"I can't shake the feeling that the Df is a little bit... silly"
Same here.... :-(
Ken Johnes: the D600 is really evolving every week.this Df version seems to omit so many useless functions (that´s what the pure photography moto says ,aint it? ) and up the price to another level . this is all every nikon d300/d700 users are waiting for for the last couple of years ;-). looks like nikon is trying too hard to compensate for the oil fiasco the 600 created .need my money Nikon ? give me a d300 and d700 with a latest sensor in it and without any changes to the body or AF system and you can have it .if you are too stubborn not to bring out a d400 ,am not gonna spend anything on nikon.
""need my money Nikon ? give me a d300 and d700 with a latest sensor in it and without any changes to the body or AF system and you can have it .""
They did. It was called the D800 ;-)
Lift Off: Someone please forward this news to Nikon.
Well done, Fujifilm.
I have a Nikon system now, but every day I think about dumping it all and switching to Fuji.
Still has 1/200 maximum flash sync speed instead of 1/250. I thought this thing was getting a new shutter, lol...
It's unfortunate that they didn't include the *new version* of the Sigma 50-150mm f/2.8 OS. It's been out since last year and all the reviews I've read say it's an amazing lens, very sharp with few aberrations. I do own this myself, but use it on the D7000.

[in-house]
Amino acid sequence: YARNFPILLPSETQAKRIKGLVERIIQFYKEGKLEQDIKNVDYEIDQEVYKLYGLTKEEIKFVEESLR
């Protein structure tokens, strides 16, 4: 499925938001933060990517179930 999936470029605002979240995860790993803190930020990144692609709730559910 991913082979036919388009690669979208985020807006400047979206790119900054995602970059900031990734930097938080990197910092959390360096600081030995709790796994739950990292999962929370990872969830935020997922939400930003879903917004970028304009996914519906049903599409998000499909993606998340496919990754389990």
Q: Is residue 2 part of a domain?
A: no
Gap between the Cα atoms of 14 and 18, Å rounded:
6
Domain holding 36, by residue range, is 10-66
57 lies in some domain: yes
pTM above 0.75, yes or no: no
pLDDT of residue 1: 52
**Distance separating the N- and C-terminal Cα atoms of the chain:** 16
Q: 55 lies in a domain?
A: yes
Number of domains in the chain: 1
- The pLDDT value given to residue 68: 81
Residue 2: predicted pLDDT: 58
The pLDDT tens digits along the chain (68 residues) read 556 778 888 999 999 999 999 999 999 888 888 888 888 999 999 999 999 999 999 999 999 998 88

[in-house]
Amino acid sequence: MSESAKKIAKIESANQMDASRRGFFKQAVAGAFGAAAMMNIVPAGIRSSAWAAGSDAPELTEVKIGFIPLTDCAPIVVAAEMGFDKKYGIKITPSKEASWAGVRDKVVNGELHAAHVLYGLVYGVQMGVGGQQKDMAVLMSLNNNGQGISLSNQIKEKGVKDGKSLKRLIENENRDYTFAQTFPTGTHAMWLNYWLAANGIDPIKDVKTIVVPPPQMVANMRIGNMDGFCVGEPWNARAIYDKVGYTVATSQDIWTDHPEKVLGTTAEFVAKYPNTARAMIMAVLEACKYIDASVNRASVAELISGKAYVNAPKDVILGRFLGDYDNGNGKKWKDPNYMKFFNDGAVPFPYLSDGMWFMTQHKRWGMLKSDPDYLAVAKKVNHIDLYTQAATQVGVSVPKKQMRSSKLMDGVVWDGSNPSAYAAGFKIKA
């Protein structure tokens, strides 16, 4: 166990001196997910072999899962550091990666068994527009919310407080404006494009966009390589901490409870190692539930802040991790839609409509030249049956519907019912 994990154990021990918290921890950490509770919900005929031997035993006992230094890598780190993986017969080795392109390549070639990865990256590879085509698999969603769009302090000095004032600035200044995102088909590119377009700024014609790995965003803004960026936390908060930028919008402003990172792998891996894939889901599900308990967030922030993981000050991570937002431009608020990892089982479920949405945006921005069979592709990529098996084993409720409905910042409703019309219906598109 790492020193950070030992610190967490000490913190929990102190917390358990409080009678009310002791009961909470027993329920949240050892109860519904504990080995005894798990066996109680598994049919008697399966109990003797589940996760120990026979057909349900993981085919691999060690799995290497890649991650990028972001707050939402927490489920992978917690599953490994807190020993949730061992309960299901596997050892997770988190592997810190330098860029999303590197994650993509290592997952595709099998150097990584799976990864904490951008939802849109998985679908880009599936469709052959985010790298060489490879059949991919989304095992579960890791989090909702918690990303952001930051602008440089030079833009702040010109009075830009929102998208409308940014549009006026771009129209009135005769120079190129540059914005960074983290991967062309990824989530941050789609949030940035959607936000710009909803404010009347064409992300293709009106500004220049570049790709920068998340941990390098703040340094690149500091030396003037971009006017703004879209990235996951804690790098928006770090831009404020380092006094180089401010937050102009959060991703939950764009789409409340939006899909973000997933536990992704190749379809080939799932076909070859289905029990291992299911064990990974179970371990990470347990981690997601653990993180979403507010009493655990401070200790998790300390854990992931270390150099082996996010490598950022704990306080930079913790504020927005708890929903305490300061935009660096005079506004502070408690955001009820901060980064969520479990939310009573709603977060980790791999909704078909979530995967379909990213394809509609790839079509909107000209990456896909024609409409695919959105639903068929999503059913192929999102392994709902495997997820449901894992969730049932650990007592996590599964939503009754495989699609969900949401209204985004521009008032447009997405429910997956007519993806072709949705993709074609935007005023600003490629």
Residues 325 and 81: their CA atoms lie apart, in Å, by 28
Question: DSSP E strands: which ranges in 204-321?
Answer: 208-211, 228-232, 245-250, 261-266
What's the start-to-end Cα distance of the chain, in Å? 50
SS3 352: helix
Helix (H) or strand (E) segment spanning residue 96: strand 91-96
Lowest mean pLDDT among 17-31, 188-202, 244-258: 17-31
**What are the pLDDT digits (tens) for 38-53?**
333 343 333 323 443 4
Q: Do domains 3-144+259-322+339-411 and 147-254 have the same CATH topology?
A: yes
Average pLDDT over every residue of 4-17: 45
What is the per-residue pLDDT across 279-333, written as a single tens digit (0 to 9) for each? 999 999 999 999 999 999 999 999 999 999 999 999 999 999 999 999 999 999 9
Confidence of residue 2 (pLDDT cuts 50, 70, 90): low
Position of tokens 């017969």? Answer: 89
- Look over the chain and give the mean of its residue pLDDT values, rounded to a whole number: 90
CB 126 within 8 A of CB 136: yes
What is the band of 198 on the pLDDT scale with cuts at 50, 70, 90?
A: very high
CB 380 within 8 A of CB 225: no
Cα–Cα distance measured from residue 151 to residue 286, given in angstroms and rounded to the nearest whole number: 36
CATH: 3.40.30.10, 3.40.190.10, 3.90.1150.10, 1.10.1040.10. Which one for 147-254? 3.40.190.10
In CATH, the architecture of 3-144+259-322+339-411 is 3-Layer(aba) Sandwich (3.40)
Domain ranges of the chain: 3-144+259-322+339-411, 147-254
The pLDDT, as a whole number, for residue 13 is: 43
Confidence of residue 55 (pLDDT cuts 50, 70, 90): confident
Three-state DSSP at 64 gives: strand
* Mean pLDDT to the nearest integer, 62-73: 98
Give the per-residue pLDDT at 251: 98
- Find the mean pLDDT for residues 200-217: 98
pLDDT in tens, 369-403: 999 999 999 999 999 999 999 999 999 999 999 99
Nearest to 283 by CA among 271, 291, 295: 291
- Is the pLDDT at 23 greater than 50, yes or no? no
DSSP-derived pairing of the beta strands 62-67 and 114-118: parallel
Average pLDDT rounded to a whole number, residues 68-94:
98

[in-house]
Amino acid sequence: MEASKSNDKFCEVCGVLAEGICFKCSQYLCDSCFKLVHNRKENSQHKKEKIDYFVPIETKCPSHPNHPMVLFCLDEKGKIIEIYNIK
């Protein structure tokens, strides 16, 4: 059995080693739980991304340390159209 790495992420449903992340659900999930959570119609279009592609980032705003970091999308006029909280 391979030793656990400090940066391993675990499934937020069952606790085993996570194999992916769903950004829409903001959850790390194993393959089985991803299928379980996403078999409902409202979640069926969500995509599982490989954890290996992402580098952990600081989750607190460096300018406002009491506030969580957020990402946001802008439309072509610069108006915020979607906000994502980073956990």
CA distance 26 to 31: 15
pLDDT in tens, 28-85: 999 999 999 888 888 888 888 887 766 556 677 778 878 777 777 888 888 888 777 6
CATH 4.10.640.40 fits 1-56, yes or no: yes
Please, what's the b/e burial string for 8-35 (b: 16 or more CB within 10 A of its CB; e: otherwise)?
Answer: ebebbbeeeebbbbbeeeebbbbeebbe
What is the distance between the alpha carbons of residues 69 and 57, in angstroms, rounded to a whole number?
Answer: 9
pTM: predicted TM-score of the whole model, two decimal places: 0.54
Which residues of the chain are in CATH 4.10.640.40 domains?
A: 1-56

Plus, with a 75-225mm "full frame equivalent angle of view", and a minimum focus distance half that of a 70-200, the 50-150 OS a really versatile lens too. Sadly, DXOmark is often very slow about getting lenses reviewed, so make sure you take their recommendations with a grain of salt.
DPR, any idea when you'll get the Fujifilm X100S review done?
The X100S is in the same category (APS-C fixed lens compact) and is probably what people want to compare the Ricoh GR and Nikon Coolpix A against more than anything.
Thanks for the relevant and timely article!
After Adobe's switch to online-only, I'm sure a lot of photographers are looking for replacement programs... ones that you only have to pay for *once*, and won't lock you out of your own work if you stop paying.